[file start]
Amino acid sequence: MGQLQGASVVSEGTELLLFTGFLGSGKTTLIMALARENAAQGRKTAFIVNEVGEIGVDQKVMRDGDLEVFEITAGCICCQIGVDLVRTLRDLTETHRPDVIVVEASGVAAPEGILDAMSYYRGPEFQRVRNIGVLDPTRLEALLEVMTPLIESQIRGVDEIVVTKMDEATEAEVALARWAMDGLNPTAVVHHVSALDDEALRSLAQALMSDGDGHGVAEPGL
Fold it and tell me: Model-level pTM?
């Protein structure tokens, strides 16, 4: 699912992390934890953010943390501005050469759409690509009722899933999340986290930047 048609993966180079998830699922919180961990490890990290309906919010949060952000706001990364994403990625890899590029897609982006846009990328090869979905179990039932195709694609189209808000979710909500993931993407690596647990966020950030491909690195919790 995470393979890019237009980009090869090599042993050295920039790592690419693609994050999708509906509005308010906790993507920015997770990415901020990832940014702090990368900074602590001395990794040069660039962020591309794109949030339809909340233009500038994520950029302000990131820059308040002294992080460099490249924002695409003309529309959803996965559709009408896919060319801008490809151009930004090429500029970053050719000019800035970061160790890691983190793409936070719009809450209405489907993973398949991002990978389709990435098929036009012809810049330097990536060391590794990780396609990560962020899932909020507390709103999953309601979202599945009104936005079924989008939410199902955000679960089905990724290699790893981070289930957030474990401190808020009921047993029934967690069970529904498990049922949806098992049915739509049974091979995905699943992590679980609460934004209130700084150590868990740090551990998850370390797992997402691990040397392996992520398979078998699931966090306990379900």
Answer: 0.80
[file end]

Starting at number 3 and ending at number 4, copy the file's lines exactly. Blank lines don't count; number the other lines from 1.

């Protein structure tokens, strides 16, 4: 699912992390934890953010943390501005050469759409690509009722899933999340986290930047 048609993966180079998830699922919180961990490890990290309906919010949060952000706001990364994403990625890899590029897609982006846009990328090869979905179990039932195709694609189209808000979710909500993931993407690596647990966020950030491909690195919790 995470393979890019237009980009090869090599042993050295920039790592690419693609994050999708509906509005308010906790993507920015997770990415901020990832940014702090990368900074602590001395990794040069660039962020591309794109949030339809909340233009500038994520950029302000990131820059308040002294992080460099490249924002695409003309529309959803996965559709009408896919060319801008490809151009930004090429500029970053050719000019800035970061160790890691983190793409936070719009809450209405489907993973398949991002990978389709990435098929036009012809810049330097990536060391590794990780396609990560962020899932909020507390709103999953309601979202599945009104936005079924989008939410199902955000679960089905990724290699790893981070289930957030474990401190808020009921047993029934967690069970529904498990049922949806098992049915739509049974091979995905699943992590679980609460934004209130700084150590868990740090551990998850370390797992997402691990040397392996992520398979078998699931966090306990379900």
Answer: 0.80